Opinion

‘The Batman’ provides thrilling plot, intricate character development

Catwoman (Zoë Kravitz) and Batman (Robert Pattinson) stare into each other’s eyes moments after he performs a daring rescue and escape. (Fair Use Vogue)

The film draws the audience into a thrilling and mysterious plotline from the first scene, featuring the main villain, the Riddler (Paul Dano), going after his first victim. The movie begins with this clear view through a scope lens into the home of a presumably corrupt politician.

The setting feels sinister due to the room’s dim lighting and the dark colored attire worn by both the killer and the victim.

Throughout the duration of the movie, this ominous mood continues, portrayed with dark red background lighting, deep voiceovers and Batman’s classic dark attire.

Overall, the cinematography of the film is especially successful through its use of lighting and music to set the tone, actor choices, character development and the intriguing progression of the plot itself.

Another intentional aspect of the film that emphasizes the mood is the inclusion of stereotypically ominous weather, primarily having a lot of rain and scenes taking place during nighttime.

While the romantic subplot between Batman and Catwoman (Zoë Kravitz) feels unnecessary and cliche at several points, the character development of the side characters and the ways in which they contribute to the plot is very interesting.

Characters such as the Penguin (Colin Farrell) and Carmine Falcone (John Turturro) are introduced with little to no background information and the indication of having a hidden double life.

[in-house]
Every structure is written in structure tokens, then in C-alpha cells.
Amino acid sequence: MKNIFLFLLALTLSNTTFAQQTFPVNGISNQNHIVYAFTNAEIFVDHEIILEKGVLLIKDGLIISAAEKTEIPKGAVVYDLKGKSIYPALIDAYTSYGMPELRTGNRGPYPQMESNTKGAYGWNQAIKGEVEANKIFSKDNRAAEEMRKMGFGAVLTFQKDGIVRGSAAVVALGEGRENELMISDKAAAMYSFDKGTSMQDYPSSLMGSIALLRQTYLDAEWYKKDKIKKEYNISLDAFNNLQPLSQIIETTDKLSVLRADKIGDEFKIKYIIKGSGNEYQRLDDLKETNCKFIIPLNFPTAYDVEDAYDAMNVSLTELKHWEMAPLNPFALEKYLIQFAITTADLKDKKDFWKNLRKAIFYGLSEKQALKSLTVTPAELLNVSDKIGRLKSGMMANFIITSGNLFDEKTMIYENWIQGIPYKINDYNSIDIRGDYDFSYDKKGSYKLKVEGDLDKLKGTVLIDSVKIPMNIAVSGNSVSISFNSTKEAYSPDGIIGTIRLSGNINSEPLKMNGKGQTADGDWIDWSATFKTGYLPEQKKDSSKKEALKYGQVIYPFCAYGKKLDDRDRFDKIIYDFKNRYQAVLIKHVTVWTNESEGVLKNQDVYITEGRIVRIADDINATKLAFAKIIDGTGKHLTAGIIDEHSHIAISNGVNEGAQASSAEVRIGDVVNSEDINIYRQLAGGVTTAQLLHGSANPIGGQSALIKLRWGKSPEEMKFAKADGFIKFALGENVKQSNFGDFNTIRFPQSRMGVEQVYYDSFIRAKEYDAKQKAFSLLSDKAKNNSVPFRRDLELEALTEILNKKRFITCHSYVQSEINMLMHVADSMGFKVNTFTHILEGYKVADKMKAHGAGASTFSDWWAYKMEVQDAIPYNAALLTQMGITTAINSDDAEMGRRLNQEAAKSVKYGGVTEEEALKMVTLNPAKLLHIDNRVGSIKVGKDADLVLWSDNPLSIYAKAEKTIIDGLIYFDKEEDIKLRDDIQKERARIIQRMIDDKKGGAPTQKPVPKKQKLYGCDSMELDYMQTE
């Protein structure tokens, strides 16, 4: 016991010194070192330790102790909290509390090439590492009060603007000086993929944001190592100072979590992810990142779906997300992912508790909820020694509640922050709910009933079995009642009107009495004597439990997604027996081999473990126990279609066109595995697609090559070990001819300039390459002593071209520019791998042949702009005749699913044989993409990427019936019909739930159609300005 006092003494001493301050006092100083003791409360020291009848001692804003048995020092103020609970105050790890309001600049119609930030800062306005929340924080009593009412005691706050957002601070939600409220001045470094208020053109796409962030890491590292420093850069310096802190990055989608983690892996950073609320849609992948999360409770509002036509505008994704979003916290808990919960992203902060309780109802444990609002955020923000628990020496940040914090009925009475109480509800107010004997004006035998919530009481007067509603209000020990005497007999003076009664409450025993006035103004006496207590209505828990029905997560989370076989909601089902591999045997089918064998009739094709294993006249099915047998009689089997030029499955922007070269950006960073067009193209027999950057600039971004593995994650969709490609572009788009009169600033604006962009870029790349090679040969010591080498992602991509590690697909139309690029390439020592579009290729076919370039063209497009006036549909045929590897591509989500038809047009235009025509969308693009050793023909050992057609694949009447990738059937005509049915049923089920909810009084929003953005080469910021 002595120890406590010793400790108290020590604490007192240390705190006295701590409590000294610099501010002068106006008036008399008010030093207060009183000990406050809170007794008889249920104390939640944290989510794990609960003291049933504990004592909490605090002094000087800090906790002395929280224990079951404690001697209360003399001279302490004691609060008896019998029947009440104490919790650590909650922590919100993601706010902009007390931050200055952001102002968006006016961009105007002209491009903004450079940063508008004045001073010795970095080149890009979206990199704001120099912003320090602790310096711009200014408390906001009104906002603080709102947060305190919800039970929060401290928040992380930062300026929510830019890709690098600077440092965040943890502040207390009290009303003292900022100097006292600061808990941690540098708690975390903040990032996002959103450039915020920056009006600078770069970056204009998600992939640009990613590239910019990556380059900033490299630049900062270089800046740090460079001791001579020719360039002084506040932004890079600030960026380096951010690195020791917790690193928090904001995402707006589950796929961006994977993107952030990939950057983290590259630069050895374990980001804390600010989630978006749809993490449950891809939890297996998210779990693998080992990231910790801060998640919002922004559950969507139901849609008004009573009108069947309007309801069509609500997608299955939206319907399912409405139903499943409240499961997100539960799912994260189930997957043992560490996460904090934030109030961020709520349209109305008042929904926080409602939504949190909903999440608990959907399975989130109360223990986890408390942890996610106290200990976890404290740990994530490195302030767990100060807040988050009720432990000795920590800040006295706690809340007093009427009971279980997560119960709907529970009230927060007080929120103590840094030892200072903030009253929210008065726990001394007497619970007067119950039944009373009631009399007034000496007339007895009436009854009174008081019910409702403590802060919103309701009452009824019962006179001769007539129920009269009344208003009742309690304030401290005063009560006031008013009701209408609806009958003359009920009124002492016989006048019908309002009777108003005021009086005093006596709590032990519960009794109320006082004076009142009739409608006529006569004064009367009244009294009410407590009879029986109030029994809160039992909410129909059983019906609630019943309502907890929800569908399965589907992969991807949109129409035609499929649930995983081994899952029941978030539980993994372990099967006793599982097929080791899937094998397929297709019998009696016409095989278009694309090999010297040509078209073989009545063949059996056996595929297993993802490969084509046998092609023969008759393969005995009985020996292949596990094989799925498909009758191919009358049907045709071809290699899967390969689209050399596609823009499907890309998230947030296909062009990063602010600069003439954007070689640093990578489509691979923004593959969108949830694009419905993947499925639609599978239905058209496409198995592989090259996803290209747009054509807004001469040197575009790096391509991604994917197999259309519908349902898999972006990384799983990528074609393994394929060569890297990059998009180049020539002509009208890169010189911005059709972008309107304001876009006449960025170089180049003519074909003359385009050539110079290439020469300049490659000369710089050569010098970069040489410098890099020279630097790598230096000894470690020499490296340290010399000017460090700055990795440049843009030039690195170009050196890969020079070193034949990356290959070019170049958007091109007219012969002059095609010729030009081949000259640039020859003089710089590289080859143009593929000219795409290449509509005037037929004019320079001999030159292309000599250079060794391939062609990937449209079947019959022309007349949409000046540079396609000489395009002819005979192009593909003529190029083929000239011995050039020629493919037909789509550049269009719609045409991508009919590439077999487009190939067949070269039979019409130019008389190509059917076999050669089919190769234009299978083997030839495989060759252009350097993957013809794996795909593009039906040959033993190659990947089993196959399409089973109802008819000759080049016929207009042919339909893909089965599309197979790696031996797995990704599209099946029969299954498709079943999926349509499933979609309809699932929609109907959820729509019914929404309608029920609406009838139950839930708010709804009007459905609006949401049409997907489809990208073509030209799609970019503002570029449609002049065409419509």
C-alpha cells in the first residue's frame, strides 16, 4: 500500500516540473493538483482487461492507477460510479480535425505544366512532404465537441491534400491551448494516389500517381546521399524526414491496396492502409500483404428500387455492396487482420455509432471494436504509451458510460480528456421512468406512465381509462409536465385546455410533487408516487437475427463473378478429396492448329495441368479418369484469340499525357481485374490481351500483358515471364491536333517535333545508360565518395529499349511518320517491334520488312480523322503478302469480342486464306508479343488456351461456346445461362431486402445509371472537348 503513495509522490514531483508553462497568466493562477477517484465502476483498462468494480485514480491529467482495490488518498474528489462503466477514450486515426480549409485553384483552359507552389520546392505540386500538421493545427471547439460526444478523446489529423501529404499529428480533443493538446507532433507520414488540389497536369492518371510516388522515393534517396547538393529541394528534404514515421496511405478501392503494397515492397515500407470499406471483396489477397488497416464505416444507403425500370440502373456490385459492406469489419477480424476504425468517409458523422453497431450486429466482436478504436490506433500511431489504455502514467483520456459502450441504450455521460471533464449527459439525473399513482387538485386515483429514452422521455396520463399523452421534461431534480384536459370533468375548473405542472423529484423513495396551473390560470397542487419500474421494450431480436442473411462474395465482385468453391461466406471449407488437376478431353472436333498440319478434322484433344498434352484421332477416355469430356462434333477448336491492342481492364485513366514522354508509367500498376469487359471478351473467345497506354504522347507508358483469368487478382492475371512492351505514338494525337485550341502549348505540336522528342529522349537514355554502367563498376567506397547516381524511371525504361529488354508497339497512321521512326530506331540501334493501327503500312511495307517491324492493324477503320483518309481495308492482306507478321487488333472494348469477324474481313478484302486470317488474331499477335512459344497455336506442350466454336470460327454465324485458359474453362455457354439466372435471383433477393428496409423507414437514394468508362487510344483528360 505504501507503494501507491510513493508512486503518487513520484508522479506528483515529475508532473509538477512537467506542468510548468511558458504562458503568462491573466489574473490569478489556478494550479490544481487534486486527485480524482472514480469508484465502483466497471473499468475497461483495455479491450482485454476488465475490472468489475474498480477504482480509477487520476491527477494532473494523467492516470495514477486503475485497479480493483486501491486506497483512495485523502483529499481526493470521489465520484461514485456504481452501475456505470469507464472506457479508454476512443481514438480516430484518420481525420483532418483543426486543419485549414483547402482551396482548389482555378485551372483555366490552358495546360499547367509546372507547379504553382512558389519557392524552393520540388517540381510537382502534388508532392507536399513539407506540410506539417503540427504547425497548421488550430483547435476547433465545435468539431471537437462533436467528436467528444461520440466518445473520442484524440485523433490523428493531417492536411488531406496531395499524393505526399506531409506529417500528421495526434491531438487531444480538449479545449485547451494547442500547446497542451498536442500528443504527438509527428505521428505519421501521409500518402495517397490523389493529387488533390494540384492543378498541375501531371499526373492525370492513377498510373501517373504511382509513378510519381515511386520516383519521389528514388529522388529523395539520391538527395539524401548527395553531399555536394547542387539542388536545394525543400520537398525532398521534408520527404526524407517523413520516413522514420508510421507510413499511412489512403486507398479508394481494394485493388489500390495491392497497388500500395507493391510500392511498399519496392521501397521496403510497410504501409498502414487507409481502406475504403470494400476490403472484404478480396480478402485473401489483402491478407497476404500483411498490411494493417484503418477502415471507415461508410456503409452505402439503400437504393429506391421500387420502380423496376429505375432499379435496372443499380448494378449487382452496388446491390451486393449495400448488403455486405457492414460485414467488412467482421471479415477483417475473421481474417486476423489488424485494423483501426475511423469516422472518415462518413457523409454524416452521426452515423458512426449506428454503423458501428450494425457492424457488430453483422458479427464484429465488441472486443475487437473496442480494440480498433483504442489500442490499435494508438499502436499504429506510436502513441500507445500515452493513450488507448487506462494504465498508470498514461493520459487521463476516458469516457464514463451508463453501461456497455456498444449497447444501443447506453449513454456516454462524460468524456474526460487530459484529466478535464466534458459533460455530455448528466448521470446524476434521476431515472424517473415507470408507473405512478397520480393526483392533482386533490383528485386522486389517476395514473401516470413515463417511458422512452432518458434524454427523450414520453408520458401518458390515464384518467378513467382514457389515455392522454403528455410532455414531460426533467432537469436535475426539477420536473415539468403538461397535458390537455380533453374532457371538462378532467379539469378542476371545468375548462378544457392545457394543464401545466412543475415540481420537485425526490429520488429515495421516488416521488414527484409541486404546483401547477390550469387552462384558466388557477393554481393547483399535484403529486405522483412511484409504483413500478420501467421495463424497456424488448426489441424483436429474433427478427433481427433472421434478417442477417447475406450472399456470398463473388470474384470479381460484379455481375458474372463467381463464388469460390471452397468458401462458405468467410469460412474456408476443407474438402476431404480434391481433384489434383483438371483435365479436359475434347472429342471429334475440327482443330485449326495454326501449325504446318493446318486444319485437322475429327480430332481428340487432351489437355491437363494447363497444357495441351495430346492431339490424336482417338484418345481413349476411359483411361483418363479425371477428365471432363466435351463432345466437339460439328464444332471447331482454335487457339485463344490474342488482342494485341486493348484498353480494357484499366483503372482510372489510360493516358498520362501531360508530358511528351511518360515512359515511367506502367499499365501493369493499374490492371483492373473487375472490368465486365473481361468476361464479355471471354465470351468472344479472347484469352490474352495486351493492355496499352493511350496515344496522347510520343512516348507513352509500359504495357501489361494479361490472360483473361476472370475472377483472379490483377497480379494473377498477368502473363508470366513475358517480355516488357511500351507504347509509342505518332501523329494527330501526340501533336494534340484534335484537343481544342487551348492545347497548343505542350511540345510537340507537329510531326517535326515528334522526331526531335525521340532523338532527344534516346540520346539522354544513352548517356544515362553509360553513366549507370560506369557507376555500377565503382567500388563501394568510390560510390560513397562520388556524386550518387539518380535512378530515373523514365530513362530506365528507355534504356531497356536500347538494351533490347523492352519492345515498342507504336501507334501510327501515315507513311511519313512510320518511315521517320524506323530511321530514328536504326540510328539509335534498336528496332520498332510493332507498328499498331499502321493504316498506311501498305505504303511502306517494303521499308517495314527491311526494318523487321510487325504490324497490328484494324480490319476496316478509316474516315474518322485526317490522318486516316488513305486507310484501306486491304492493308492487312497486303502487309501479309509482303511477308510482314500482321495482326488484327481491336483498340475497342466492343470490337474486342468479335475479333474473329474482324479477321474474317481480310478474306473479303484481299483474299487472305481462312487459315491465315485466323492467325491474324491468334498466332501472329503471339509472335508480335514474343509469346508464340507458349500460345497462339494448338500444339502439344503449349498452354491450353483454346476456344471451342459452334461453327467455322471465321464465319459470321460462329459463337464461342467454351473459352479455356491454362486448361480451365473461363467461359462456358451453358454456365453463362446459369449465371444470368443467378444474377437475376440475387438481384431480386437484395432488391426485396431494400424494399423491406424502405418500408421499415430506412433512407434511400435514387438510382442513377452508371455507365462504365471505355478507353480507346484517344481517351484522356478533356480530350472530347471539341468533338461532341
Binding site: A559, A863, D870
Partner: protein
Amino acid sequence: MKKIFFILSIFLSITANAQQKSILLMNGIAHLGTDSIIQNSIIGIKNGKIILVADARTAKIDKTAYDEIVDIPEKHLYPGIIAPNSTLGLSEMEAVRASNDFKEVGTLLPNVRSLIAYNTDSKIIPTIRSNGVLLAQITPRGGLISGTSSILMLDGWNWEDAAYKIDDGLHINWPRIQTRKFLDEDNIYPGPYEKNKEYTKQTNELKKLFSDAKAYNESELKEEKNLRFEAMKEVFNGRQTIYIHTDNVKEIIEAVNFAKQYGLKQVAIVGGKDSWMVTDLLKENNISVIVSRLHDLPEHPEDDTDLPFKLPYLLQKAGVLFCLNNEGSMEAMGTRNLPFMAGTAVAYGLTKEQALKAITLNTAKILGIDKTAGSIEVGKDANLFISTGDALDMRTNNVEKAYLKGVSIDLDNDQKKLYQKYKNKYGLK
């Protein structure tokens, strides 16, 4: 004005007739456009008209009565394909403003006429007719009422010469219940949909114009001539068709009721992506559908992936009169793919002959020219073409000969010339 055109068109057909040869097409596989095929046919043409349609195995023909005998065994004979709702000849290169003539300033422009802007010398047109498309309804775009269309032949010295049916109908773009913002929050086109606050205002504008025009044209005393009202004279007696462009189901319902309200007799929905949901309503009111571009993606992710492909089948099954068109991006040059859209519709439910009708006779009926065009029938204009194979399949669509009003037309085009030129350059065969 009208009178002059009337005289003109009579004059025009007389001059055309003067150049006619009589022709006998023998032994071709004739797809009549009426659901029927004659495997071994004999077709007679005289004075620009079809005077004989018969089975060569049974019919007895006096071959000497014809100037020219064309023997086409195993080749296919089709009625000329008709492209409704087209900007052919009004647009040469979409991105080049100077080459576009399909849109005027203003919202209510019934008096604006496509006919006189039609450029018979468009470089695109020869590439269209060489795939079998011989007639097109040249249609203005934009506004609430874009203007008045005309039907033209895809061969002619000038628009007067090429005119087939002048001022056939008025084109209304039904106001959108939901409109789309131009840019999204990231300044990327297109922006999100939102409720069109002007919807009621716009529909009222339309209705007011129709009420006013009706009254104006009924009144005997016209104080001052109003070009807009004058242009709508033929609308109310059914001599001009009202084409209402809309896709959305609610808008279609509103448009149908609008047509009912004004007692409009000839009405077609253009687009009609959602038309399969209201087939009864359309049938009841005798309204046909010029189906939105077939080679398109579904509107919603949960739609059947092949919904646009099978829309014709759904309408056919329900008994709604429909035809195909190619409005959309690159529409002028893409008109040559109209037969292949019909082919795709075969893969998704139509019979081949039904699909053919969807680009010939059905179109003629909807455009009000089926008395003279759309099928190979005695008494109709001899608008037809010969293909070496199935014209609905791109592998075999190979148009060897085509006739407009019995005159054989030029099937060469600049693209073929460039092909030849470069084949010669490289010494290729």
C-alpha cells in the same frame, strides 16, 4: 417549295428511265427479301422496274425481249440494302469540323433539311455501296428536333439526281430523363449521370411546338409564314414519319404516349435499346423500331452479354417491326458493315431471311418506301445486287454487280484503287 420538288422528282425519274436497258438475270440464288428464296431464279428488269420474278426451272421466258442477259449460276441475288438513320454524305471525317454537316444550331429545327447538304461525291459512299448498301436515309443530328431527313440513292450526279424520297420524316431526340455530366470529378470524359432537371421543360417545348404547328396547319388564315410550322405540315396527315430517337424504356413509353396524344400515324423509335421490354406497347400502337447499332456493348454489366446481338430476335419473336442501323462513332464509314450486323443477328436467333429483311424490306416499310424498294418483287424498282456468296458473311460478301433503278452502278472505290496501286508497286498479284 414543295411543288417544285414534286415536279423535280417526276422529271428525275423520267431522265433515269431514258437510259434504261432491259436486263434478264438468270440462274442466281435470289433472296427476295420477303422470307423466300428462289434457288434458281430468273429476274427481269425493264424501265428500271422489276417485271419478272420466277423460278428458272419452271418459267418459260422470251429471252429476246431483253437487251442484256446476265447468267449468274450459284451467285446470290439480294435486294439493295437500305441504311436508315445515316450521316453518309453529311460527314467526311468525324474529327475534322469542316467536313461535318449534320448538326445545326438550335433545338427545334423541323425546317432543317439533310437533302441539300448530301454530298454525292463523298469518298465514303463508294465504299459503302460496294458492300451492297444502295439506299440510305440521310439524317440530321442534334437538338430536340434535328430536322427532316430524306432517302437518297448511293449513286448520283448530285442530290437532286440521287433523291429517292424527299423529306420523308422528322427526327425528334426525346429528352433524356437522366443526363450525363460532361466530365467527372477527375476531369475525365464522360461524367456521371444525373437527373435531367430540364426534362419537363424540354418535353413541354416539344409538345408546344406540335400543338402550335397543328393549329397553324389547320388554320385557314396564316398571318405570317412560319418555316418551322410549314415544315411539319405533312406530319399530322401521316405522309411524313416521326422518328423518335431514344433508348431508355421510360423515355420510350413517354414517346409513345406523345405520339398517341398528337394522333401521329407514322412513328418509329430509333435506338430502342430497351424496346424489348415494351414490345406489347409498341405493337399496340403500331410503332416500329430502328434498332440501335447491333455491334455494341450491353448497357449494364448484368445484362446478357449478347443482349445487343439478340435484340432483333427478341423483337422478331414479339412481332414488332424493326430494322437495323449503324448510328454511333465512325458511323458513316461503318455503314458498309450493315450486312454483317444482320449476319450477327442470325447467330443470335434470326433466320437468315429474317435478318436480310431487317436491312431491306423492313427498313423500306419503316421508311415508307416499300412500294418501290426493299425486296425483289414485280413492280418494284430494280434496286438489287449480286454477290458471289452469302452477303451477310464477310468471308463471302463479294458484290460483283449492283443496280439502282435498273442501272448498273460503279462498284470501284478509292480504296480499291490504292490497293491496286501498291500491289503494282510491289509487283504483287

This leaves room for complex character development, as each character has aspects of their life exposed, bit by bit, such as past actions or relationships.

This development causes each individual to be more relevant to the plotline and conflict as a whole.

Batman begins to show more vulnerablity as a result of his relationship with Alfred Pennyworth (Andy Serkis), his father’s closest friend who became his father figure following the gruesome murder of his parents.

The buildup of the plot serves as a consistent source of entertainment, even when there are dull moments.

The entire length of the movie is around three hours, which felt too long.

However, after that, the plot begins to feel rushed as a result of the sheer amount of content.

Despite these flaws, the film’s successful cinematography, consistently engaging plot and characters bring the movie together well, overriding all of the negative aspects.

As a result, “Batman” fans and action movie lovers alike should consider taking the time to go watch this film.

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Gigi Lewis
Gigi Lewis is a senior at Bexley High School and is an opinion editor for The Torch. Outside of Torch, she plays volleyball for the high school team.